Although Law 160/2018 granted pharmacies and drugstores the possibility to sell over-the-counter drugs (“OTCs”) in July of last year, the detailed regulations governing online sales are only now being finalised.

On 15 January, the Romanian Ministry of Health (“MoH”) held a meeting to discuss public observations to its draft Order for the approval of the Norms regarding the establishment, organisation and operation of the pharmaceutical units, including the online pharmacies, which was published on the MoH website in mid-December 2018 (“MoH 2019 Draft Norms”).

Of particular relevance to pharmacies / drugstores wishing to sell OTCs online, the MoH 2019 Draft Norms, in conjunction with applicable law, states:

  • In order to undertake online sales of OTCs, community pharmacies and drugstores must:
    • be authorised according to the provisions of the pharmacy law no. 266/2008;
    • notify the MoH of their intention to sell medicines online; and
    • submit the required documentation with the county public health directorates (details of the dossier can be found in the MoH 2019 Draft Norms).
  • Applicants need to appoint a pharmacist responsible for the online sale and release of medicines, and include the pharmacist’s name in the notification to the MoH.
  • Applicants will be required to undergo an inspection by the MoH. The MoH will have 30 days from the inspection date to issue its decision granting/denying authorisation to sell online. Neither Law 160/2018 nor the MoH 2019 Draft Norms address procedures to challenge a decision of the authority rejecting the authorisation.
  • Applicants exclusively dedicate at least 10 sq.m. to the functioning of the online service, featuring: furniture adequate for packaging and storing; equipment ensuring temperature and humidity monitoring; other means for storing the medicines in accordance with the producer’s specifications; computer and Internet connection.
  • The pharmacy/drugstore’s website must comply with applicable e-commerce legislation and contain a page dedicated to the online business, with following minimum information:
    • the contact details of the MoH and a hyperlink to its website (note: no hyperlink to the website of pharma companies is permitted);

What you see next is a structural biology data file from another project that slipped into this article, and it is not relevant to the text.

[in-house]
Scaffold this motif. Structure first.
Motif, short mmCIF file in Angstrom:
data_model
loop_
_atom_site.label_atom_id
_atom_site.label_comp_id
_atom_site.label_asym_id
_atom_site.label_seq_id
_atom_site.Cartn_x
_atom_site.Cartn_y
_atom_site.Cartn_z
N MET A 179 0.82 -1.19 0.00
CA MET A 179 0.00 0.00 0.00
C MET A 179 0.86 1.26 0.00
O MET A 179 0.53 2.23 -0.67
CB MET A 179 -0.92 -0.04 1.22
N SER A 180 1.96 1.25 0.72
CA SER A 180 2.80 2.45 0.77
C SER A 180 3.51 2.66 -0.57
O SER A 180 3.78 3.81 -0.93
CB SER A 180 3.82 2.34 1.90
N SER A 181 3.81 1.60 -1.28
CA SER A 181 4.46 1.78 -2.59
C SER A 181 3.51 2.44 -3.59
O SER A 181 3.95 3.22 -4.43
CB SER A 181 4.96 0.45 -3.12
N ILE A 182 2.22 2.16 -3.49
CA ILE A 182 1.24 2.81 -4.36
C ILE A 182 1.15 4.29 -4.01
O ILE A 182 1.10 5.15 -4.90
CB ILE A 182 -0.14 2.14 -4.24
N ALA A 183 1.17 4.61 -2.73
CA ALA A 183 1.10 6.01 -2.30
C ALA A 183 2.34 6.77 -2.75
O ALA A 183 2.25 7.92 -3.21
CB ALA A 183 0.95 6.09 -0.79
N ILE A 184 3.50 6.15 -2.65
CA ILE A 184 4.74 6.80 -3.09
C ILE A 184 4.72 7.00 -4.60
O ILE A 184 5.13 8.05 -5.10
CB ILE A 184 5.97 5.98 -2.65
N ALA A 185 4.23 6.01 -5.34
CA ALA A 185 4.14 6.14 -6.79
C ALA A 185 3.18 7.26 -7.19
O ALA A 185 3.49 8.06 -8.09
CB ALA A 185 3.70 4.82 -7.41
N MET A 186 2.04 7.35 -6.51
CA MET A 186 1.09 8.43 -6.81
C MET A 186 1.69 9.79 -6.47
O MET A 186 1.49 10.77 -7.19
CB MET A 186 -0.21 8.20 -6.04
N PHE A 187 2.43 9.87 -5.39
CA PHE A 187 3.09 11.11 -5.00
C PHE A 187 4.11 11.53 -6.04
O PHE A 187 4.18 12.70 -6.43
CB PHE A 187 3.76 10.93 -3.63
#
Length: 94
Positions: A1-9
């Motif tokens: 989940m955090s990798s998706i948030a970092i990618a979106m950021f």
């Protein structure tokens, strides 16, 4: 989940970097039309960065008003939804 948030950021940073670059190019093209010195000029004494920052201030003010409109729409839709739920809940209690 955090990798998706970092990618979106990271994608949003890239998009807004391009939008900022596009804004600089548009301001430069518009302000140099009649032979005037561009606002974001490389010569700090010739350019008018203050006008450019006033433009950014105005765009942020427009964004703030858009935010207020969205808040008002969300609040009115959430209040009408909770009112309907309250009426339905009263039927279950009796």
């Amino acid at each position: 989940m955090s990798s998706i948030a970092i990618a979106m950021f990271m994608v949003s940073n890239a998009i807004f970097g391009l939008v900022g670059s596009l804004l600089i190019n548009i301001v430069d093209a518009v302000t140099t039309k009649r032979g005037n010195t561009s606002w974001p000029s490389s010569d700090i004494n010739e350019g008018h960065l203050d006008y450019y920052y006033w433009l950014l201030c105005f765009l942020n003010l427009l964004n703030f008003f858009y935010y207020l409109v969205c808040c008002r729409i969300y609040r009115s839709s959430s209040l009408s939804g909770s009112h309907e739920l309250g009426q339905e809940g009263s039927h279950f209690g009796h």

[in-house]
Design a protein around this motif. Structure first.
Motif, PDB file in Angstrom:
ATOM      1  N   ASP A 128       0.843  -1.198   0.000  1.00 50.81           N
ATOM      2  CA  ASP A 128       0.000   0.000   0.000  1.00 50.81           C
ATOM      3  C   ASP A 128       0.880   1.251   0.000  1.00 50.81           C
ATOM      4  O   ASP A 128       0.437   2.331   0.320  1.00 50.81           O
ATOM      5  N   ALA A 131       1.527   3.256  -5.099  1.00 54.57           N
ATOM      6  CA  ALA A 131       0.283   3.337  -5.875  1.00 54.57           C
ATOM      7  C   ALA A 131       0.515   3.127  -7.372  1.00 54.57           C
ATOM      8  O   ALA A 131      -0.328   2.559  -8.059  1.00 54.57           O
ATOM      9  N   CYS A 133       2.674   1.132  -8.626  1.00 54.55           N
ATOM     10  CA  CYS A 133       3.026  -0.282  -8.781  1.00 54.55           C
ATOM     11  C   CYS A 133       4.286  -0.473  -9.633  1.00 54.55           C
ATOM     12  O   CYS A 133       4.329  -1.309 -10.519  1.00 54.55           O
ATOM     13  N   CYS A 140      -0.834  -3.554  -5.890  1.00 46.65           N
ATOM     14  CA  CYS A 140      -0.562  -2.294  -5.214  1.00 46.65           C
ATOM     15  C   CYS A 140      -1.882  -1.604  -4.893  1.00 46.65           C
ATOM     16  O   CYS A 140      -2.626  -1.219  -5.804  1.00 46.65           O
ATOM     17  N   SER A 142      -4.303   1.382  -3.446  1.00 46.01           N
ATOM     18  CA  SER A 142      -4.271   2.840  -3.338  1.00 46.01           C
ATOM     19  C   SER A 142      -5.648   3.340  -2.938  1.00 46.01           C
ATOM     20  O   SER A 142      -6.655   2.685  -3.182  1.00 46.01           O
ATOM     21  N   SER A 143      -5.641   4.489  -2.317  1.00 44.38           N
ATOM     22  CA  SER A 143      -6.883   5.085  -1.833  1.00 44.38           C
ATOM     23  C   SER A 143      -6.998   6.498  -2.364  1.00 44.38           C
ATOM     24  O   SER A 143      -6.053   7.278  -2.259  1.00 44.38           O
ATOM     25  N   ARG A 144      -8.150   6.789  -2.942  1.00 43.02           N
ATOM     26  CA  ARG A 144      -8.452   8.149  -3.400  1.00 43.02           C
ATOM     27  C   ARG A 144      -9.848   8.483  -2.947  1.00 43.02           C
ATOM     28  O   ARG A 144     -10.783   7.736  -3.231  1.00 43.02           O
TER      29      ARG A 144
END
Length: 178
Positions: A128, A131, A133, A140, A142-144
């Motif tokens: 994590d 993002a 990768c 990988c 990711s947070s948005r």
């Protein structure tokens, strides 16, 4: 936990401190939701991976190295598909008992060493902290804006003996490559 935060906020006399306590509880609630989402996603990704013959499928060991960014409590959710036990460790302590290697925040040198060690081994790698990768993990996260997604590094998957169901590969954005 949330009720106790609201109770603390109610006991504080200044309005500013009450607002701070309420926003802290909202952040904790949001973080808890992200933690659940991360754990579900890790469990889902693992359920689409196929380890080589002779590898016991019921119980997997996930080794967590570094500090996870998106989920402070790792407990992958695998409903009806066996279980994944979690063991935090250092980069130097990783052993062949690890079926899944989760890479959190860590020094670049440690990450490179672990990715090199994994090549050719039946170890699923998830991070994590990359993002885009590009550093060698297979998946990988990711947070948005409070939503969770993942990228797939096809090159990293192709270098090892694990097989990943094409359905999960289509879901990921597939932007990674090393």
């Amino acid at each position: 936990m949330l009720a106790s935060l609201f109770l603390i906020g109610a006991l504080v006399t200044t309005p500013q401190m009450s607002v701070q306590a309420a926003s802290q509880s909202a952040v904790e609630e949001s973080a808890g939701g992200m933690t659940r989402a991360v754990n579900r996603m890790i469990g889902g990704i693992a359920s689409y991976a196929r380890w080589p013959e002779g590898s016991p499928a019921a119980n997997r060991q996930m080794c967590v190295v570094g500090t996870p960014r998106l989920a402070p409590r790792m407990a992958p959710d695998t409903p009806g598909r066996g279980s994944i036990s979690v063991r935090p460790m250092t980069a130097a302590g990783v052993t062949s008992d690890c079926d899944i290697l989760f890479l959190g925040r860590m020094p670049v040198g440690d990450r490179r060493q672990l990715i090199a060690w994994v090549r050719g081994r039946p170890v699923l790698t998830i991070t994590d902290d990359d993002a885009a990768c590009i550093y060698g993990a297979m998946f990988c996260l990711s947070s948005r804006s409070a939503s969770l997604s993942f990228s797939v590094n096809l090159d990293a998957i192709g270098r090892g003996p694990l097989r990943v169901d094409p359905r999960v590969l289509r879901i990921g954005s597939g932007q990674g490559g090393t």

• the common European logo for the online release of medicinal products (with a hyperlink to the entry number of the pharmacy/drugstore in the list of online pharmacies/drugstores to be published by the MoH on its website);
    • a hyperlink to the page on the website of the Romanian National Drug Agency regarding reporting on adverse reactions;
    • the data from the annex to the authorisation issued by the MoH regarding the online business;
    • the statement of consent for the processing of personal data to be filled in by each visiting patient; and
    • a mandatory questionnaire in which patients indicate their: age, weight, height, sex, whether they are undergoing treatments, allergies, and pregnancy or breast-feeding status.
  • The pharmacy/drugstore’s website must ensure that sales are only possible after an interactive exchange of information between the patient and the pharmacist, either by email or online. It is the responsibility of the pharmacist to ensure the confidentiality of the data exchanged and to ‘validate’ each response of the patient by ‘specific means’.
  • Online sales are only permitted for patients over 18 years old.

·The pharmacy/drugstore may outsource its website’s technical activity. Transportation can also be outsourced to contractors ensuring controlled temperature. Note however, the sale and release of medicines cannot be outsourced.